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    Then by all means discuss away for the sake of the lands and the environment; just leave the political manure - this party craps a 50 foot well while that party craps a 100 footer - the classic lipstick on a pig argument.

    And for the record, I respect your opinion also, so long as it's focused ([Edit for clarity: because I'm a repeat offender] ouch, that's hypocritical of me to say).
    I'm done here.
    Last edited: Nov 19, 2016
  14. digby

    digby

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    Thanks for the belay. And right on cue, not to belabor your Oiler fan comment, check this from USA Today http://news.google.com/news/url?sr=...004752055451492&sid=toptop&ssid=h&st=1&at=dt0 where the feds will ignore the opinion of 70% of the residents (including the AK Native population). The vote in Denton, where I went to school for awhile, was pre-empted because the regulation of the states oil/gas drilling is the purview of the state not individual municipalities. The exact same issue is being litigated in New York!
  15. hank moon

    hank moon lovely ligatures

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    I agree with this. When a topic turns to blanket statements about the governmental Ds and Rs, then that is too much politics for this forum. We have had the discussion about discussion before. See HERE for that - no need to repeat it. There are plenty of places online where this kind of talk is welcome and encouraged. Please use those places to express your party preferences, etc.

    Thank you

    hank
    Sandstone Addiction likes this.
  16. robert kyslovsky

    robert kyslovsky

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    Place or chop a bolt, loads of conversation, discourse, debate.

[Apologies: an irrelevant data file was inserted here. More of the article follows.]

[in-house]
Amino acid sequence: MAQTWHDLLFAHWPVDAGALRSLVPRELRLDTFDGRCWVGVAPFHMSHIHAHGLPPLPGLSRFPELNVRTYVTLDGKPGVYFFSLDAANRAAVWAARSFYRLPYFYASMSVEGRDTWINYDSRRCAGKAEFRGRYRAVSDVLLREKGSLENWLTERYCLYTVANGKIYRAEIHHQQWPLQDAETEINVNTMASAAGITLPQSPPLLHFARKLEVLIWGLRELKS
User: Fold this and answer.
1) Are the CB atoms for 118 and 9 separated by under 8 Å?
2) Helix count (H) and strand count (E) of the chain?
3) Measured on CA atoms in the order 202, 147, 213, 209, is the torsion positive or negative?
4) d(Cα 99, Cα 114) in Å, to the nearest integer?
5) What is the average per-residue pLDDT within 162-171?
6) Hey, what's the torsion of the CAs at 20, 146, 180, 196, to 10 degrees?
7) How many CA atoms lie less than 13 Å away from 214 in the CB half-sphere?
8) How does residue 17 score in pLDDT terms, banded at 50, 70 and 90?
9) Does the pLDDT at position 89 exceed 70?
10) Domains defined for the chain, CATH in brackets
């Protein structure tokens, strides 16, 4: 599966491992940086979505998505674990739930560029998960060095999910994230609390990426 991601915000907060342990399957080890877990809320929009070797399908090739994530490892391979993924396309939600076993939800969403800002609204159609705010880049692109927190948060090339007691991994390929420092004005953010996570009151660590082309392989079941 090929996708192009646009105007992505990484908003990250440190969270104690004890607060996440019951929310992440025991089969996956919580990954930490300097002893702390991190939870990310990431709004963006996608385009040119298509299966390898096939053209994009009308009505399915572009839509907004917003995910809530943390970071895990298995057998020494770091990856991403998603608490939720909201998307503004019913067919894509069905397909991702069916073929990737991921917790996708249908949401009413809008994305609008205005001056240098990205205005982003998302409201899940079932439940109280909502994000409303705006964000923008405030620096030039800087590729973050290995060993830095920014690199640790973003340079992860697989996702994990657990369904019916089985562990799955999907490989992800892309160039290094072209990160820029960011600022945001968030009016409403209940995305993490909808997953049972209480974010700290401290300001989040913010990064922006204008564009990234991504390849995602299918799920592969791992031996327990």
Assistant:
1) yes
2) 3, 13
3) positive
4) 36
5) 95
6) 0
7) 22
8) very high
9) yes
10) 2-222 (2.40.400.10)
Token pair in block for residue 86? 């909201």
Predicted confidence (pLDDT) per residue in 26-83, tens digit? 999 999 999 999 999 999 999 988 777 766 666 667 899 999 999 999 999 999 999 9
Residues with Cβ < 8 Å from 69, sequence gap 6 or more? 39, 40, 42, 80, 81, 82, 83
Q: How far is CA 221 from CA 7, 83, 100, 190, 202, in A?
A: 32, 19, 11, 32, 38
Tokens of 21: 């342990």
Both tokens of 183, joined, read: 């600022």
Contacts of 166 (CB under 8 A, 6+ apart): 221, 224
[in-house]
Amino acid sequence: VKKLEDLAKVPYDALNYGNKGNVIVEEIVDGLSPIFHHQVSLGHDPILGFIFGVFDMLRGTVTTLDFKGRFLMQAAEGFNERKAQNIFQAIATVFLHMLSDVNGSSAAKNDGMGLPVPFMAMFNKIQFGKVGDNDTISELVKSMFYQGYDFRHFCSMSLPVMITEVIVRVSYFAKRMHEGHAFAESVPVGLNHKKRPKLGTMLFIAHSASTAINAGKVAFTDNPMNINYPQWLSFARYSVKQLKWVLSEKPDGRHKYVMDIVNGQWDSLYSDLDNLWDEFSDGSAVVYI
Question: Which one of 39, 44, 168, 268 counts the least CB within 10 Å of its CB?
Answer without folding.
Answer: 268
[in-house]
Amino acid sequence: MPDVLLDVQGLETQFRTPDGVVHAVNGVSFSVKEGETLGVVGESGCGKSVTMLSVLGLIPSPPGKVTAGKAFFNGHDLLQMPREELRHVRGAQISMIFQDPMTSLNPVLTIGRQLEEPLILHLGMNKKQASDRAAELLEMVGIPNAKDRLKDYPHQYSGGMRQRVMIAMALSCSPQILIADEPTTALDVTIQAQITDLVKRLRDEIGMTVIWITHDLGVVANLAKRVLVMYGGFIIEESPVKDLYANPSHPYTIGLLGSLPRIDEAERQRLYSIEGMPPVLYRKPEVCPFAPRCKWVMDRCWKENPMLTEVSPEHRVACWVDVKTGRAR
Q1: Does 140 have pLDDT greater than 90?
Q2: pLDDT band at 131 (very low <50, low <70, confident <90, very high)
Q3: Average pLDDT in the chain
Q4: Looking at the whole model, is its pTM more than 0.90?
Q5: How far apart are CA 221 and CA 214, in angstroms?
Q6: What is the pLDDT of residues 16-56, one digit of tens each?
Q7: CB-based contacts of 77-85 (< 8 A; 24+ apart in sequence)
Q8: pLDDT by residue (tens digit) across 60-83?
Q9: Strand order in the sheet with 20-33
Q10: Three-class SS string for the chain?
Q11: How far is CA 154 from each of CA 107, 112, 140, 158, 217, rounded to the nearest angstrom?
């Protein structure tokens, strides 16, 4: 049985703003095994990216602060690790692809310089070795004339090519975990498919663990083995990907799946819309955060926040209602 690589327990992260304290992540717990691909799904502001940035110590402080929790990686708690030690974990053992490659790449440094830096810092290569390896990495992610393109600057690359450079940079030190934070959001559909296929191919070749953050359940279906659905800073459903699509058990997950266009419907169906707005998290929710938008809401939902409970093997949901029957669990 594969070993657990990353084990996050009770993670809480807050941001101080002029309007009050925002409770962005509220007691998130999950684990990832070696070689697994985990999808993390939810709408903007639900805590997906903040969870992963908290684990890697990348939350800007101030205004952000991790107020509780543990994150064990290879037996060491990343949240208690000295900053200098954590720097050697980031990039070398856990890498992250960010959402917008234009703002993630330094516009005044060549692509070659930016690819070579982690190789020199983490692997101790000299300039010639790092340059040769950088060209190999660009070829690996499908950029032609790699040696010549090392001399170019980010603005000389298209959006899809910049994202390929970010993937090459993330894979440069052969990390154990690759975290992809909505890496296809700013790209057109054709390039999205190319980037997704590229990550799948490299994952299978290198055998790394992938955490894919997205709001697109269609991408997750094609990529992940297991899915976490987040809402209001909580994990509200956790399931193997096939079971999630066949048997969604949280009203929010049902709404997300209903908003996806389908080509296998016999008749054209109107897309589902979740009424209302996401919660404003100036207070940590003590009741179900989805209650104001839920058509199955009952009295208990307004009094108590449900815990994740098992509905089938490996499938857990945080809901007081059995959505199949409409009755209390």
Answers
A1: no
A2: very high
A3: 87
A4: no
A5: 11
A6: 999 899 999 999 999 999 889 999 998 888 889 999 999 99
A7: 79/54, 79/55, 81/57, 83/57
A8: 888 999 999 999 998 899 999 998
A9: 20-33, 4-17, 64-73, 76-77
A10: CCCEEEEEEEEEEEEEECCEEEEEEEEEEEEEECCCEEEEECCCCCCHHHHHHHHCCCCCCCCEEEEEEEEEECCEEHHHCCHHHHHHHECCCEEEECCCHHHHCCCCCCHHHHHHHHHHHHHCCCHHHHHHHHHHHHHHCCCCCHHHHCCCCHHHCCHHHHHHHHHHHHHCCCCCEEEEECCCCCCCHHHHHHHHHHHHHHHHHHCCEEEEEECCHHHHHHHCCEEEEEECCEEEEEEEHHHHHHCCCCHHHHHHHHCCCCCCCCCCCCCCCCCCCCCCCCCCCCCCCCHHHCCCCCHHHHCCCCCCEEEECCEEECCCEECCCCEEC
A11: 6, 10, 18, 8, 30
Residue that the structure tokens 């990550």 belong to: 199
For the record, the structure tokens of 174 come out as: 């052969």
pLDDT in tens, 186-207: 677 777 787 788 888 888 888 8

Bring up the sate of affairs environmentally speaking about canyon country...silenced.
    Makes no sense to me from people who are supposed to be enamored with canyons.
    Now... back to our regularly scheduled conversation about...well, absolutely nothing really meaningful at all in the bigger picture.
    Bobby
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  17. Rapterman

    Rapterman

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    Agree that the COLLECTIVE is perhaps not the best place for politics.
    HOWEVER
    Reality has a way of biting us all on the bum, so to speak.
    This year was the hottest year on record in Las Vegas, hotter than the last year which set a new record
    which was hotter than the year before that, which set a new record.
    We are having to face the fact that Las Vegas is becoming unlivable in the summer.
    We bought a house in the mountains to escape, but the distressed forest burned (right up to our property line)
    and wiped out our favorite trails.
    As heat, drought, fires, increase the world over there just isn't any place left unaffected to run to.
    townsend and Deagol like this.
  18. digby

    digby

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    Well said